¶ 30 Having found error, we must then consider whether this instruction prejudiced plaintiffs to warrant reversal and retrial. Our review of the record suggests that there was no such prejudice. First, nothing other than speculation supports the conclusion that this one sentence from the court's instructions to the jury sowed any confusion in the jury's deliberations. Second, the jury could have simply decided that defendant was not negligent, which was the overarching theme of his defense at trial. If that were the case, the jury would never reach the question of proximate cause. See Tabe v. Ausman, 388 Ill.App.3d 398, 402–03 (2009).
¶ 31 In Tabe, the trial court granted the plaintiff's motion for a new trial after deciding that it had erroneously given the sole proximate cause instruction. There, the trial court was concerned about the propriety of giving the instruction based on the content of defense counsel's closing argument which indicated that the defendant was misled by the failure of a radiologist to inform him of a negative finding on review of a radiological study. After the jury returned a verdict in defendants' favor the trial court granted plaintiff a new trial on posttrial motion. On appeal, this court found that the decision to grant a new trial was erroneous because, inter alia, “the circuit court should have first considered whether the jury's verdict could be explained by a finding of no negligence. If there was no negligence, then instructing on sole proximate cause did not matter.” Id. at 404.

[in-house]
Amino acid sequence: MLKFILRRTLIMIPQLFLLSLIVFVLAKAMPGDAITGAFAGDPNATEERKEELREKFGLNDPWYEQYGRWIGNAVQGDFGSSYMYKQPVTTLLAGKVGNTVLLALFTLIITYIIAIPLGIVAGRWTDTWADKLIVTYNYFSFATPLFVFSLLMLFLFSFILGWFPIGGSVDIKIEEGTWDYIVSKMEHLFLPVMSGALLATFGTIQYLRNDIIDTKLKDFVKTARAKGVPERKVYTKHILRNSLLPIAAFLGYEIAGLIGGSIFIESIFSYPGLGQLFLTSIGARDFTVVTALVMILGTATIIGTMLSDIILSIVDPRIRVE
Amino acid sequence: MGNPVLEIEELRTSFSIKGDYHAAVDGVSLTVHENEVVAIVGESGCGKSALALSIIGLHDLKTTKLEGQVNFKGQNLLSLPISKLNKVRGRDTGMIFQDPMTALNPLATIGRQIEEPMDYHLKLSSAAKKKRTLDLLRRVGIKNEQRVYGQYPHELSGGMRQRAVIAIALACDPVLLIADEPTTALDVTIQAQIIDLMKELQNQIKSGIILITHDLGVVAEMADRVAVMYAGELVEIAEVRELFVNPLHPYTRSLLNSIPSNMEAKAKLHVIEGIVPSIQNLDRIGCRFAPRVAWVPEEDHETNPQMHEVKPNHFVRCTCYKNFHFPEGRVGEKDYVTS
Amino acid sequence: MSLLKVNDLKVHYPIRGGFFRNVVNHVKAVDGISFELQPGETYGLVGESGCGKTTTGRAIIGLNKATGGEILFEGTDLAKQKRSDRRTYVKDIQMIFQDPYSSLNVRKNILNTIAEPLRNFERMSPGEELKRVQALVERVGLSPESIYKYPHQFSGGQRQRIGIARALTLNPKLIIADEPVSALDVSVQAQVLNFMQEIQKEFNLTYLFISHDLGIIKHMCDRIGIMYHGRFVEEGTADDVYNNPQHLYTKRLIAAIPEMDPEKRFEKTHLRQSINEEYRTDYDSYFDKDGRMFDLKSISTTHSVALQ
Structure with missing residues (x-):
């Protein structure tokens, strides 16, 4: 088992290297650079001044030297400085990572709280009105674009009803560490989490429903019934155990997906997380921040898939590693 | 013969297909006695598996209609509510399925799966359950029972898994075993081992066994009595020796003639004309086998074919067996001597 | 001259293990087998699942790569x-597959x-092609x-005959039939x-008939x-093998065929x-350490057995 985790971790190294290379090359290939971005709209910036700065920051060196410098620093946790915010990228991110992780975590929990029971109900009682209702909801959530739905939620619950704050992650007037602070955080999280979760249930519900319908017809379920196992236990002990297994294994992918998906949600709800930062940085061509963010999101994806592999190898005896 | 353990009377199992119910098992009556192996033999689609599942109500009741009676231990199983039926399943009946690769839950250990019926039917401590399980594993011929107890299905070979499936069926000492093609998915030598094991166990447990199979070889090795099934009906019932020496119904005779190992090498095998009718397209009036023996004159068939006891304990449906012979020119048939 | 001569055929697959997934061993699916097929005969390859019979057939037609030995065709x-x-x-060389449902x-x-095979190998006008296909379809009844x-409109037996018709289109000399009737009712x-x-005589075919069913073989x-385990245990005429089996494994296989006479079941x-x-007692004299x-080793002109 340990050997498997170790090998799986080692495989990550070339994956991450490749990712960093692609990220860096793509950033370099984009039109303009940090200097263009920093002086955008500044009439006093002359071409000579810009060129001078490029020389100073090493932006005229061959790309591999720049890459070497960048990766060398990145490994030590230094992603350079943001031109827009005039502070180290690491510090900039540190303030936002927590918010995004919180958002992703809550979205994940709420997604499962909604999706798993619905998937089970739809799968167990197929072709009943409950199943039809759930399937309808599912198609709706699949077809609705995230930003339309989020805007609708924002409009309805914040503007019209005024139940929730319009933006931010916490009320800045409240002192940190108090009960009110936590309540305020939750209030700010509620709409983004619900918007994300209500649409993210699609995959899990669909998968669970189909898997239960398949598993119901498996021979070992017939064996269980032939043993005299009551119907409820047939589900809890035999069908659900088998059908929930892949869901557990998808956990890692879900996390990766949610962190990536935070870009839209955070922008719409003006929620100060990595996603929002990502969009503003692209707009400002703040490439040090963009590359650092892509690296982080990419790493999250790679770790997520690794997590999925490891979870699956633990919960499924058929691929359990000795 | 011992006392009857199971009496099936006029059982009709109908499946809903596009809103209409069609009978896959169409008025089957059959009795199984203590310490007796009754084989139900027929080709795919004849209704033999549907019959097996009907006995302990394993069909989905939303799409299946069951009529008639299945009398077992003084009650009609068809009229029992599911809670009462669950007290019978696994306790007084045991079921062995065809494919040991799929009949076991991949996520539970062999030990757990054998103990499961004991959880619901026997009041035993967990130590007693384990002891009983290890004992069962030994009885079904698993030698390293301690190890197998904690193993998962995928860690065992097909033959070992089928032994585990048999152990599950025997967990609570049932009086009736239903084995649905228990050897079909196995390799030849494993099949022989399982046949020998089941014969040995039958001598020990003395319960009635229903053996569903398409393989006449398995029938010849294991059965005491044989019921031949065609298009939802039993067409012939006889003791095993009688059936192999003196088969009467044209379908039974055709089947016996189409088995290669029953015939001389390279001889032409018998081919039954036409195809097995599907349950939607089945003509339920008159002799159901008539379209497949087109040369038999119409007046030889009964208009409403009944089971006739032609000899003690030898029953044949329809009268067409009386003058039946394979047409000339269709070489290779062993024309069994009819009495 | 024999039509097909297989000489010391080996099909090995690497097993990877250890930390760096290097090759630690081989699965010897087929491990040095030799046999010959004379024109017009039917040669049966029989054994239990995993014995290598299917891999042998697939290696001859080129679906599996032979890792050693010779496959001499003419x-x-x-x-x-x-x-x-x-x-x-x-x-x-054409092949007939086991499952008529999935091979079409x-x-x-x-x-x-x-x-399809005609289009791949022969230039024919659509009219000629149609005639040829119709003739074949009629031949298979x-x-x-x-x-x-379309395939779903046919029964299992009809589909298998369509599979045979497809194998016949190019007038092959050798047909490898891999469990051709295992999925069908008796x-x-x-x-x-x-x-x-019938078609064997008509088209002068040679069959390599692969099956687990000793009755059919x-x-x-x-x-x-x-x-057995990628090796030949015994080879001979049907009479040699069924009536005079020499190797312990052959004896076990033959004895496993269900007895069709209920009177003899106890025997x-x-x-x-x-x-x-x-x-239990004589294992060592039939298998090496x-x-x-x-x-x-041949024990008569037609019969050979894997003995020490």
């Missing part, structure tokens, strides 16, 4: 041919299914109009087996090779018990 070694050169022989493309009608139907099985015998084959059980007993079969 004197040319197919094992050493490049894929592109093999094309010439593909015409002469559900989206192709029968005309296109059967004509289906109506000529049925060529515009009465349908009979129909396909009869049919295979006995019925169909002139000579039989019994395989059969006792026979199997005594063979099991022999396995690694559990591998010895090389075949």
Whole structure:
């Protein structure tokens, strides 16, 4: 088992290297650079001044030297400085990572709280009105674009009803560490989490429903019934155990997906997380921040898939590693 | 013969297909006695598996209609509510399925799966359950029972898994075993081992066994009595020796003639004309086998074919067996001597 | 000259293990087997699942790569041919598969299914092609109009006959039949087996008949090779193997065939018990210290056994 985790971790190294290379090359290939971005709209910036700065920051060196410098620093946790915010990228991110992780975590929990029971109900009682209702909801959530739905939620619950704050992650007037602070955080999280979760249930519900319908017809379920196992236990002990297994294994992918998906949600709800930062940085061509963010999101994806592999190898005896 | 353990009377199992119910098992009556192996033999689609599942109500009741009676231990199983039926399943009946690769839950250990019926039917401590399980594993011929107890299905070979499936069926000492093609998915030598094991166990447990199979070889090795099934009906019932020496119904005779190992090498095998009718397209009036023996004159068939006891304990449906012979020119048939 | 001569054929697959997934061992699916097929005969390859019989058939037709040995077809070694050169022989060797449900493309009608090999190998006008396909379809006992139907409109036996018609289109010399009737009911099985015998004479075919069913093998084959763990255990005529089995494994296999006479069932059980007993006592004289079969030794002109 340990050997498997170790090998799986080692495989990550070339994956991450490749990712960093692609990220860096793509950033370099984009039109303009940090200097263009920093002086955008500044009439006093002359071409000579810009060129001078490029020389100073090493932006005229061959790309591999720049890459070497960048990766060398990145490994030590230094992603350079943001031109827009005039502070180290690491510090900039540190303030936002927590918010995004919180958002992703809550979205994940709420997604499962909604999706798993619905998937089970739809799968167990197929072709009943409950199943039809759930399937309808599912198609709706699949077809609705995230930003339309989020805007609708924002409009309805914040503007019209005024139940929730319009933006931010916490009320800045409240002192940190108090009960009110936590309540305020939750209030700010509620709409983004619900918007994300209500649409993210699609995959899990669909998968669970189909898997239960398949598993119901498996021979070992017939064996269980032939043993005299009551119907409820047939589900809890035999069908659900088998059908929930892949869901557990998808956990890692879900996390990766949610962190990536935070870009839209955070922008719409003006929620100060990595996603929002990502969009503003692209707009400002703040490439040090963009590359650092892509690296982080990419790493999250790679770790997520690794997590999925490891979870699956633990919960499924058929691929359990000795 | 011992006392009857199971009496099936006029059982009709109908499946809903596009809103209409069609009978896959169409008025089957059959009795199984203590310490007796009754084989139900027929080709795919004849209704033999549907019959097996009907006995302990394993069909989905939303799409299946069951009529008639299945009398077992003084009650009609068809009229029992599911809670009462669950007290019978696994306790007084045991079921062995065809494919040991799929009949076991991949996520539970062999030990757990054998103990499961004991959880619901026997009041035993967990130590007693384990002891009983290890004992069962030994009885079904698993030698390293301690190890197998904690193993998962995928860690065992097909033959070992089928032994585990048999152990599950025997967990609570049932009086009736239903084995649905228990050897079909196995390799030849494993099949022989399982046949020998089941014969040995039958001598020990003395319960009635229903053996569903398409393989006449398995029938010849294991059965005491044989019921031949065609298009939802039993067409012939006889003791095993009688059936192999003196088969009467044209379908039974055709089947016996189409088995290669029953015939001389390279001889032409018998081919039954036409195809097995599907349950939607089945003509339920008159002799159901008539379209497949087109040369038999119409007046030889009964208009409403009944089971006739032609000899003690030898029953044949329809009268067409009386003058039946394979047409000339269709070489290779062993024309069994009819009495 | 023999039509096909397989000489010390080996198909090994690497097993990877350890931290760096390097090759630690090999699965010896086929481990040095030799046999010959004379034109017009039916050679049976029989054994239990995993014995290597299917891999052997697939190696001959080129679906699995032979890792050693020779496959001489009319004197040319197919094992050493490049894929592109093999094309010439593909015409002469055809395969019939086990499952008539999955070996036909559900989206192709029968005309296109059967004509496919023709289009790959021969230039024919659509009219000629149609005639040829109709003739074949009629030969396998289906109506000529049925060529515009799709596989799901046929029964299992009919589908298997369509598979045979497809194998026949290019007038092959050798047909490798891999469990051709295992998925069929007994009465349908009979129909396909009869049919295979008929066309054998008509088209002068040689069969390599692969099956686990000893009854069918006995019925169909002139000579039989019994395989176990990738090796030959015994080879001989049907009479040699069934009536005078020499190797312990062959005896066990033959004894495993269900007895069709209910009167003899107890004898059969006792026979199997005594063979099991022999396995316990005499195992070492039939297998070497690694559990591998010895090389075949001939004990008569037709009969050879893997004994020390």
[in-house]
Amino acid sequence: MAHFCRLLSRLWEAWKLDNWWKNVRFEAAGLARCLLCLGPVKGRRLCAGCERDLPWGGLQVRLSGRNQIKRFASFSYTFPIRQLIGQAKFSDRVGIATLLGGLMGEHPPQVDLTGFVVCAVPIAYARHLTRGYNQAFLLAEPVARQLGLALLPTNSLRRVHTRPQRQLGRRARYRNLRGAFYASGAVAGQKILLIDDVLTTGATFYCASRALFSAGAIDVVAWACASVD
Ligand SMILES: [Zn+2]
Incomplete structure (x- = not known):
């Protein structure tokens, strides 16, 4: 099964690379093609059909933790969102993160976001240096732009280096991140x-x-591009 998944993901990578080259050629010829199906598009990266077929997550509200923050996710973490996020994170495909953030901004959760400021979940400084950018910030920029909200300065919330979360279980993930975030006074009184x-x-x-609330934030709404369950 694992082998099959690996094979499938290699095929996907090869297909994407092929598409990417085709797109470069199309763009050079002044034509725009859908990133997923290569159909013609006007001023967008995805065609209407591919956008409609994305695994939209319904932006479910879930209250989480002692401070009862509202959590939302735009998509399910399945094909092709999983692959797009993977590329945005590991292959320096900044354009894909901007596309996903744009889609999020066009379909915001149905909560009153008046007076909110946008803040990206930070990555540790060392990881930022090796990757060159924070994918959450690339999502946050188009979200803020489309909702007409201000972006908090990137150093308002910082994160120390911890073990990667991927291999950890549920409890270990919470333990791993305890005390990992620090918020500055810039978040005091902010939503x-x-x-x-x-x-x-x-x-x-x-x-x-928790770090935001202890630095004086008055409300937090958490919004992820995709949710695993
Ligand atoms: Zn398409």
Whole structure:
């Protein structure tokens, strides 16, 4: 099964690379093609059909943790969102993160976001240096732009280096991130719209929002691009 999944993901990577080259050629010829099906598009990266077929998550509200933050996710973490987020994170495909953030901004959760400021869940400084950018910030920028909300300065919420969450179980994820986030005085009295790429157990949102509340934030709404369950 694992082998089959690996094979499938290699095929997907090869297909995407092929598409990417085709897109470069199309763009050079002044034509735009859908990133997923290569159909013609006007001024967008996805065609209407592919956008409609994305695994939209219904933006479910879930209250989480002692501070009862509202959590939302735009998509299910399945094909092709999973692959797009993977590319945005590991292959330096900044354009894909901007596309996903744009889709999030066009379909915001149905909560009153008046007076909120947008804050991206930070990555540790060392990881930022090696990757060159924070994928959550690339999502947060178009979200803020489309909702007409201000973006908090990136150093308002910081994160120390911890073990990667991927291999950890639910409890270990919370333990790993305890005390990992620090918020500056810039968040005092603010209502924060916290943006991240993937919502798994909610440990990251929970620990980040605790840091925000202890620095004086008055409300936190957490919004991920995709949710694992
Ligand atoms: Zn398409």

¶ 32 Similarly, since the jury here returned a general verdict with no special interrogatory designed to test that verdict on this singular issue, we are unable to find reversible error on this limited issue. At the risk of stating the obvious, this case was vigorously defended on both negligence and causation and the jury's verdict is amply supported by evidence that Beck was not negligent in his management of this patient, which would mean that the jury would never reach the issue of causation. The trial court's error in this regard was harmless, based on this record.
¶ 33 CONCLUSION
¶ 34 Based on the foregoing, we affirm the judgment of the circuit court of Cook County.
¶ 35 Affirmed.
Justice LAVIN delivered the judgment of the court, with opinion:
Presiding Justice HOWSE and Justice EPSTEIN concurred in the judgment and opinion.